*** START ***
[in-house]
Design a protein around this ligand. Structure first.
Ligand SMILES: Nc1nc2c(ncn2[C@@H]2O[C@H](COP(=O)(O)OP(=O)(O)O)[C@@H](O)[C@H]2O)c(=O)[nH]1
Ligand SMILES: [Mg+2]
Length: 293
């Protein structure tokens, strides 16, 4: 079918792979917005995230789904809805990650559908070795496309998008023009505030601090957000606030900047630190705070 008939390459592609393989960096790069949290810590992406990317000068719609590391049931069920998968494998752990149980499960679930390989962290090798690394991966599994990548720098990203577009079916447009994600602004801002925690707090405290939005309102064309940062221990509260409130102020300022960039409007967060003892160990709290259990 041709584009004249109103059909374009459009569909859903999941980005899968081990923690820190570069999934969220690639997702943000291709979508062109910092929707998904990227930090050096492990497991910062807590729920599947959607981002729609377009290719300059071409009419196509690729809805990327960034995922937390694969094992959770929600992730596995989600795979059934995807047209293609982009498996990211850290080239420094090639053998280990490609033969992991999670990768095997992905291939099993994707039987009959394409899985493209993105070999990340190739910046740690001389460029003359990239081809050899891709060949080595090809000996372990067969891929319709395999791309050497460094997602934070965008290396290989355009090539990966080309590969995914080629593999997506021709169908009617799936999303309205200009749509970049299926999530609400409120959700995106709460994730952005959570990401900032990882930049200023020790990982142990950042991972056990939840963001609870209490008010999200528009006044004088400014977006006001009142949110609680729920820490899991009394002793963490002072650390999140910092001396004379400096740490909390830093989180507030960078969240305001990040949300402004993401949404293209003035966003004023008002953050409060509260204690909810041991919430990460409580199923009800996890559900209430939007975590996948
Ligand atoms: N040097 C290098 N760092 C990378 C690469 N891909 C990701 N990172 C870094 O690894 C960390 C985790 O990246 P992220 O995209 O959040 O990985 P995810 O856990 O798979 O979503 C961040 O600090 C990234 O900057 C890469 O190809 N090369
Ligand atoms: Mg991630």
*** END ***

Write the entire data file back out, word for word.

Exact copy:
[in-house]
Design a protein around this ligand. Structure first.
Ligand SMILES: Nc1nc2c(ncn2[C@@H]2O[C@H](COP(=O)(O)OP(=O)(O)O)[C@@H](O)[C@H]2O)c(=O)[nH]1
Ligand SMILES: [Mg+2]
Length: 293
């Protein structure tokens, strides 16, 4: 079918792979917005995230789904809805990650559908070795496309998008023009505030601090957000606030900047630190705070 008939390459592609393989960096790069949290810590992406990317000068719609590391049931069920998968494998752990149980499960679930390989962290090798690394991966599994990548720098990203577009079916447009994600602004801002925690707090405290939005309102064309940062221990509260409130102020300022960039409007967060003892160990709290259990 041709584009004249109103059909374009459009569909859903999941980005899968081990923690820190570069999934969220690639997702943000291709979508062109910092929707998904990227930090050096492990497991910062807590729920599947959607981002729609377009290719300059071409009419196509690729809805990327960034995922937390694969094992959770929600992730596995989600795979059934995807047209293609982009498996990211850290080239420094090639053998280990490609033969992991999670990768095997992905291939099993994707039987009959394409899985493209993105070999990340190739910046740690001389460029003359990239081809050899891709060949080595090809000996372990067969891929319709395999791309050497460094997602934070965008290396290989355009090539990966080309590969995914080629593999997506021709169908009617799936999303309205200009749509970049299926999530609400409120959700995106709460994730952005959570990401900032990882930049200023020790990982142990950042991972056990939840963001609870209490008010999200528009006044004088400014977006006001009142949110609680729920820490899991009394002793963490002072650390999140910092001396004379400096740490909390830093989180507030960078969240305001990040949300402004993401949404293209003035966003004023008002953050409060509260204690909810041991919430990460409580199923009800996890559900209430939007975590996948
Ligand atoms: N040097 C290098 N760092 C990378 C690469 N891909 C990701 N990172 C870094 O690894 C960390 C985790 O990246 P992220 O995209 O959040 O990985 P995810 O856990 O798979 O979503 C961040 O600090 C990234 O900057 C890469 O190809 N090369
Ligand atoms: Mg991630």